do not repeat themselves.

  10. The Absolute alone, One-without-a-second, is the Real.

    There is nothing other.

    In this there is no doubt.

    Understanding this, the well-instructed one

    withdraws from all duality.

    He does not return again.



The Darsana Mala, or Garland of Visions, was one of the last major works of Narayana Guru, dictated about 1916. His disciple, Swami Vidyananda, transcribed the dictation and made a short commentary on each verse. The commentary was read to, and corrected by, Narayana himself, though he characterized it as being "for children."

The original dictation was in Sanskrit, but the work was published only in the Malayalam language of Kerala State, S. India, Narayana's home. In 1976 an English translation was included in AN ANTHOLOGY OF THE POEMS OF NARAYANA GURU, published by the Narayana Gurukula in Kerala.

Narayana Guru's successor was Nataraja Guru. At Narayana's instigation, Nataraja received a Western education at the Sorbonne as well as his training in the ancient wisdom-school represented by Narayana himself. in 1948-49 Nataraja Guru undertook the translation of the Darsana Mala into English, and it was this translation included in the ANTHOLOGY. Nataraja Guru also made the Darsana Mala the philosophical frame-work for his own monumental work, the three- volume INTEGRATED SCIENCE OF THE ABSOLUTE, which he completed in 1968. At this writing one volume has been published in Kerala, and the other two are in preparation.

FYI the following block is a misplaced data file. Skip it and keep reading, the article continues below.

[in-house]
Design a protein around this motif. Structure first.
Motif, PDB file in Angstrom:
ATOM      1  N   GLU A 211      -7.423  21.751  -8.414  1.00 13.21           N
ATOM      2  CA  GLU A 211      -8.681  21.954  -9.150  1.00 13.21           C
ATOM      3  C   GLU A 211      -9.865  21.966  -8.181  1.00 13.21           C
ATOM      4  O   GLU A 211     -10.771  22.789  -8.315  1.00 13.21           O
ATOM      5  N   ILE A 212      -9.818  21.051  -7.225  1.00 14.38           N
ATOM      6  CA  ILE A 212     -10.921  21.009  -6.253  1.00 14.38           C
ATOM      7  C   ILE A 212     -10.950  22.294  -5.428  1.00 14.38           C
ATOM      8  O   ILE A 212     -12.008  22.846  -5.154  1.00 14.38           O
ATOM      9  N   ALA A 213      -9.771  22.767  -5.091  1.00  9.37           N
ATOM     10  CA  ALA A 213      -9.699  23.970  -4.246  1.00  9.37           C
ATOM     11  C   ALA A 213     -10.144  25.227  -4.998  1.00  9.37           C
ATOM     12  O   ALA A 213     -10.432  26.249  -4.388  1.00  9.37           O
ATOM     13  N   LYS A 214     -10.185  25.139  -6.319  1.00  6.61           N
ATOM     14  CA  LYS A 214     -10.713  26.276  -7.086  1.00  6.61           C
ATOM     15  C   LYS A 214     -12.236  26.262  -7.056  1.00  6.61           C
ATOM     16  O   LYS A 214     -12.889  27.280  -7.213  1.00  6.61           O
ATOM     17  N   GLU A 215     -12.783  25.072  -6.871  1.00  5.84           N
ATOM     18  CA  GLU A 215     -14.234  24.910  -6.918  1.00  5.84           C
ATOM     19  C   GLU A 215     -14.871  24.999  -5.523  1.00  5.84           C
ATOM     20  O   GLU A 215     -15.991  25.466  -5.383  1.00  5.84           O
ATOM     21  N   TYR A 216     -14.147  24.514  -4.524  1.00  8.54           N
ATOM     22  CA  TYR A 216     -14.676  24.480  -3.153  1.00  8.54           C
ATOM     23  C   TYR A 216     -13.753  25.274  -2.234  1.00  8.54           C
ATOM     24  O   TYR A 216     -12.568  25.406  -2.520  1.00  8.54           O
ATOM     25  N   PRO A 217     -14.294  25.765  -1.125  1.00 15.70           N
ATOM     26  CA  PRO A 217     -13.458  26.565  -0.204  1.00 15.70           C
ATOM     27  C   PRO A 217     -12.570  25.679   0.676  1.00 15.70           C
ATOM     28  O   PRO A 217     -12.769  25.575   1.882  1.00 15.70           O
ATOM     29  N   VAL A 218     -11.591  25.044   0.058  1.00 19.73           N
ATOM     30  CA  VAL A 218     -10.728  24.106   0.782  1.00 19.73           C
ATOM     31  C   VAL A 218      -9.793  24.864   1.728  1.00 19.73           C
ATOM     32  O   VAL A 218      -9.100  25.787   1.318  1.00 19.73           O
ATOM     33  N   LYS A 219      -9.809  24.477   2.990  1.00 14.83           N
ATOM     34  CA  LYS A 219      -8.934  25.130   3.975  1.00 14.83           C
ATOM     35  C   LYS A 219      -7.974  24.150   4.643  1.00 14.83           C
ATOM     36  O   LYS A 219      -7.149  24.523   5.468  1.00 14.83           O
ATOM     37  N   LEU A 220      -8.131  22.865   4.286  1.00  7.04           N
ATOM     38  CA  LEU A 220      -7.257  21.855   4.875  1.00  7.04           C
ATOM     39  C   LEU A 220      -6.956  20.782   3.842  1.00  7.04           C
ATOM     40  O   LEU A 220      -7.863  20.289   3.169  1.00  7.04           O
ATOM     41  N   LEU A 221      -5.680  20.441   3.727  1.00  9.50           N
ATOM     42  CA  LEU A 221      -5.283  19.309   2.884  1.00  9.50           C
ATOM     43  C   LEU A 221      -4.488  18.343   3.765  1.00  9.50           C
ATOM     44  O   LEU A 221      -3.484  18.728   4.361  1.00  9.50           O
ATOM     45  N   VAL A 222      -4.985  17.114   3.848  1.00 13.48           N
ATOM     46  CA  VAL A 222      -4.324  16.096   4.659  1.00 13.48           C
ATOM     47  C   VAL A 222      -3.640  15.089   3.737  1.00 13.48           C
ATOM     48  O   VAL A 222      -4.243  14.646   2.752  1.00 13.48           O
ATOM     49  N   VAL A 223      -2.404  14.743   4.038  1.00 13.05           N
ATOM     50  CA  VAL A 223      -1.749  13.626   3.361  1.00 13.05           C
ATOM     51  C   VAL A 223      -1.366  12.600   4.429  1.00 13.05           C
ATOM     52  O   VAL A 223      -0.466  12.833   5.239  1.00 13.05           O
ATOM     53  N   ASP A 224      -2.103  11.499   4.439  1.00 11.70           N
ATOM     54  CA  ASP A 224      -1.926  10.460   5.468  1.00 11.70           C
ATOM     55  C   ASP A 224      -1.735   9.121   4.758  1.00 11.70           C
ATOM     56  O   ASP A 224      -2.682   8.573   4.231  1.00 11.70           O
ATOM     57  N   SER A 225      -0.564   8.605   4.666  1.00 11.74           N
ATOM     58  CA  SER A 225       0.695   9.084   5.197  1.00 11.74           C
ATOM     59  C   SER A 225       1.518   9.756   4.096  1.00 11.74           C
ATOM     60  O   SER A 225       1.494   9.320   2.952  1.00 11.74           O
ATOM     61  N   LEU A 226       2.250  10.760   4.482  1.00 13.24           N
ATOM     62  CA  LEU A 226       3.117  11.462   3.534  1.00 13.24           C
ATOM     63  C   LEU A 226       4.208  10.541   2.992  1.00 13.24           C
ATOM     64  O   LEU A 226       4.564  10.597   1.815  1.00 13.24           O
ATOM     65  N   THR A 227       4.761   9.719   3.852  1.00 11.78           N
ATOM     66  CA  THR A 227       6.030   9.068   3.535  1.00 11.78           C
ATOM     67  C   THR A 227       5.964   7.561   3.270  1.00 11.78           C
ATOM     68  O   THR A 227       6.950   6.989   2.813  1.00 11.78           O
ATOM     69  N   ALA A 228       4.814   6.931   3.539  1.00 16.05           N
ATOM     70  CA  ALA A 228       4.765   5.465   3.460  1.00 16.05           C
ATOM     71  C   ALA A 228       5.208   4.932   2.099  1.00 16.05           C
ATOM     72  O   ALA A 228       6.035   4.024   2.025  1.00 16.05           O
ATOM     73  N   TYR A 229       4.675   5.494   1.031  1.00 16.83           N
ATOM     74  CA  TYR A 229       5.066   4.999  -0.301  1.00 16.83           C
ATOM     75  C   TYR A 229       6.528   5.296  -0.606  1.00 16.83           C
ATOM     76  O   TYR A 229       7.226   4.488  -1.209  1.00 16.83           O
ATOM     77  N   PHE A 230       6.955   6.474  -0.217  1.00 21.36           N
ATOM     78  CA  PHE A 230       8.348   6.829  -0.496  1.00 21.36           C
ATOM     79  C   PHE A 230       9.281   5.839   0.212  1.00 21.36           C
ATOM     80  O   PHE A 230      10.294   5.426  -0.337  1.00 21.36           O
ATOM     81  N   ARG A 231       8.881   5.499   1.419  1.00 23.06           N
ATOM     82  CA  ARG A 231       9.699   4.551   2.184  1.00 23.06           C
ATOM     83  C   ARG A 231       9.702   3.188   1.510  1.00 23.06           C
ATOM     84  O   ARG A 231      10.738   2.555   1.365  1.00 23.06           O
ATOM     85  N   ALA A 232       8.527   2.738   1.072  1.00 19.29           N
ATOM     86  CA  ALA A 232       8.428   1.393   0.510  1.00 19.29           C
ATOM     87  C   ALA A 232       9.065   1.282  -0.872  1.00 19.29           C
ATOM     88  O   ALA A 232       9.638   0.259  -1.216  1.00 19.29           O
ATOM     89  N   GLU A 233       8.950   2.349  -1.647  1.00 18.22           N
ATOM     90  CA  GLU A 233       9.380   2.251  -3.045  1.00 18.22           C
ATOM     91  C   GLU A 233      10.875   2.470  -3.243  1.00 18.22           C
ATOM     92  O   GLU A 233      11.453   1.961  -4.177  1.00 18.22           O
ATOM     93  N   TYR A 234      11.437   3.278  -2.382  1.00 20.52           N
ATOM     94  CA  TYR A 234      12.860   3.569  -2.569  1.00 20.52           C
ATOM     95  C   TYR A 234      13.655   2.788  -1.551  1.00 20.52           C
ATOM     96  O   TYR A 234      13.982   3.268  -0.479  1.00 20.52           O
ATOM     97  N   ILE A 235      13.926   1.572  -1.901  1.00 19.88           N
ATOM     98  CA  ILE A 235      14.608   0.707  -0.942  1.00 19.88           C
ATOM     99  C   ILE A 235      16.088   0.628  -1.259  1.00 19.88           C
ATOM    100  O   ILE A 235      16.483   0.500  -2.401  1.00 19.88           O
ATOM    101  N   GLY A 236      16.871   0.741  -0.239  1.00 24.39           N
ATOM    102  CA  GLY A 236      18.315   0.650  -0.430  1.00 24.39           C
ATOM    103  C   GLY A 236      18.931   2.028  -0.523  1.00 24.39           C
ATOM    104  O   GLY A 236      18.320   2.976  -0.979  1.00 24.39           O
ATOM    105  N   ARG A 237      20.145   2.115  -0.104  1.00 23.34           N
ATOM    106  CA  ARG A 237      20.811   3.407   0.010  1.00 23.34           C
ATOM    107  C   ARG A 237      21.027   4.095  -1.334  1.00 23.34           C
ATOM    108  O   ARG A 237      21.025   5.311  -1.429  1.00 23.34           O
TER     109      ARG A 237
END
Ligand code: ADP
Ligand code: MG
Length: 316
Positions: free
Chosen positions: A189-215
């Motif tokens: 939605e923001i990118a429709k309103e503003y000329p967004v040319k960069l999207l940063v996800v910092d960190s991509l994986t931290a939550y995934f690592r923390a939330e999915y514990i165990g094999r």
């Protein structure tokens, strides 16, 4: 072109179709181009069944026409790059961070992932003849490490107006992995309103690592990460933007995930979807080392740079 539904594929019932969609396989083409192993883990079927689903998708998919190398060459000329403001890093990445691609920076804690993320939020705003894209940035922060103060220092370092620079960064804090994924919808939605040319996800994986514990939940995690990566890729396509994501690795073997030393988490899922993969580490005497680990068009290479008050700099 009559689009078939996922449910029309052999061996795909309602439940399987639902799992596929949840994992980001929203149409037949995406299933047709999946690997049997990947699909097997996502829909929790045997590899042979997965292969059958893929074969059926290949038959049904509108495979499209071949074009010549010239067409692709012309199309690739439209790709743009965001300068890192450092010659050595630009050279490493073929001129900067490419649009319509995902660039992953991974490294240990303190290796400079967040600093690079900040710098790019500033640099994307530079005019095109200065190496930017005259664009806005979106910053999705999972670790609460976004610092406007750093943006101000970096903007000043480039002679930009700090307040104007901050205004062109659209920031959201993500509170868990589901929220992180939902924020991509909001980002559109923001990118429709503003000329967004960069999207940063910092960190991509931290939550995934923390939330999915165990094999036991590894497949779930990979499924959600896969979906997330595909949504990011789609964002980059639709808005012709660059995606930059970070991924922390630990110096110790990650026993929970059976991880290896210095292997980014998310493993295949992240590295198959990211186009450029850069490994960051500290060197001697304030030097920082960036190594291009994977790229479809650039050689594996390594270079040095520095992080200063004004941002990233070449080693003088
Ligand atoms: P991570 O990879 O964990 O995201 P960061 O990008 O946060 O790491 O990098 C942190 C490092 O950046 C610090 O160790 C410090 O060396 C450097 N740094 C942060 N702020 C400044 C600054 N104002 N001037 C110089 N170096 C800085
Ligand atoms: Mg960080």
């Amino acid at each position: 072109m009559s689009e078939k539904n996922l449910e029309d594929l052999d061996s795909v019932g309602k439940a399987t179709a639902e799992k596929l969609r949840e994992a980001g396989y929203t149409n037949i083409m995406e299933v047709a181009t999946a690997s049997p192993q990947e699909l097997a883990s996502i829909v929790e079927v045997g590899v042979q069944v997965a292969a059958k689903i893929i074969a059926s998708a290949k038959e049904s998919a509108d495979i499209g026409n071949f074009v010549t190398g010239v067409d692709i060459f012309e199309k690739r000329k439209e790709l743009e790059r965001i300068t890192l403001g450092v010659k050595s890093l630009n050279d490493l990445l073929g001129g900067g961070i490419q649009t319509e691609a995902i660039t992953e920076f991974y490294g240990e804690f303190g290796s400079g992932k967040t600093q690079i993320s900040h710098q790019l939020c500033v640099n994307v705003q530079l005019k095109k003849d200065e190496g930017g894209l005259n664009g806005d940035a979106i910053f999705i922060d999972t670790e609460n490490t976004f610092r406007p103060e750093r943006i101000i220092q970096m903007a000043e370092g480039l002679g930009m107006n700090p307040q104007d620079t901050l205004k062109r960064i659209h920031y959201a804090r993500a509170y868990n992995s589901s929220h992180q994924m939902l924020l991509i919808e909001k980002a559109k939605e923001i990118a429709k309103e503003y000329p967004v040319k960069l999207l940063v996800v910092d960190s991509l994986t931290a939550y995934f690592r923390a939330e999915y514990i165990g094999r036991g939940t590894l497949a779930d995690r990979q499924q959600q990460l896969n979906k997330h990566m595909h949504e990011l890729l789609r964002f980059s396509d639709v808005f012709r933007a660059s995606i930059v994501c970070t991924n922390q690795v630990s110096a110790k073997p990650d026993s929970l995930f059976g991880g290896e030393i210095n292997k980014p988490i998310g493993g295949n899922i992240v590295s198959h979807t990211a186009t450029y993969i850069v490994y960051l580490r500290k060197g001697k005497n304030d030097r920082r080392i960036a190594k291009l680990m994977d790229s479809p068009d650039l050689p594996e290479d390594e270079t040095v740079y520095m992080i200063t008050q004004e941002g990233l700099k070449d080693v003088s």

Shortly after Nataraja Guru's death in 1973, four notebooks were discovered in his quarters at the Ooty Gurukula in the Nilgiri Hills of Tamilnadu. Nos. II & III were his working notes from 1948-49, and contained all the trial translations and corrections of the Darsana Mala, except for the first seven stanzas of Chapter VI, the Karma Darsana. These notebooks were edited and put into typescript by Mark and Judy Albert. They contain anywhere from two to fifteen variations on each stanza.

Sources used in preparing these English prose renderings were: Vol. I, INTEGRATED SCIENCE OF THE ABSOLUTE, containing word-notes, translation, and the Vidyananda Commentary on Chapters I-III. THE PSYCHOLOGY OF THE DARSANA MALA, (manuscript) by Guru Nitya Chaitanya Yati, successor to Nataraja Guru and current Guru of the Narayana Gurukula, for translation, word-notes and commentary on Chapters IV & V. For Chapters VI & VII, word-notes and translations in Nataraja's hand, written on the back of academic papers in 1948-49. A typescript of the Vidyananda Commentary with word-notes for Chapters VIII-X. For the complete work, the Nataraja Notebooks, v. II & III as noted above.

For the most part these source materials were obtained for me through the kindness of the American sadhu/ scholar Johnny Stallings, long time student and companion to both Nataraja Guru and Guru Nitya.

For many years I have been indebted to Guru Nitya for his unfailing friendship and generosity in making available to me his own works, as well as those of his predecessors in the parampara. My deepest gratitude to him.

These renderings were made by Don Berry in the Fall of 1979 for the meditation of his son, Duncan.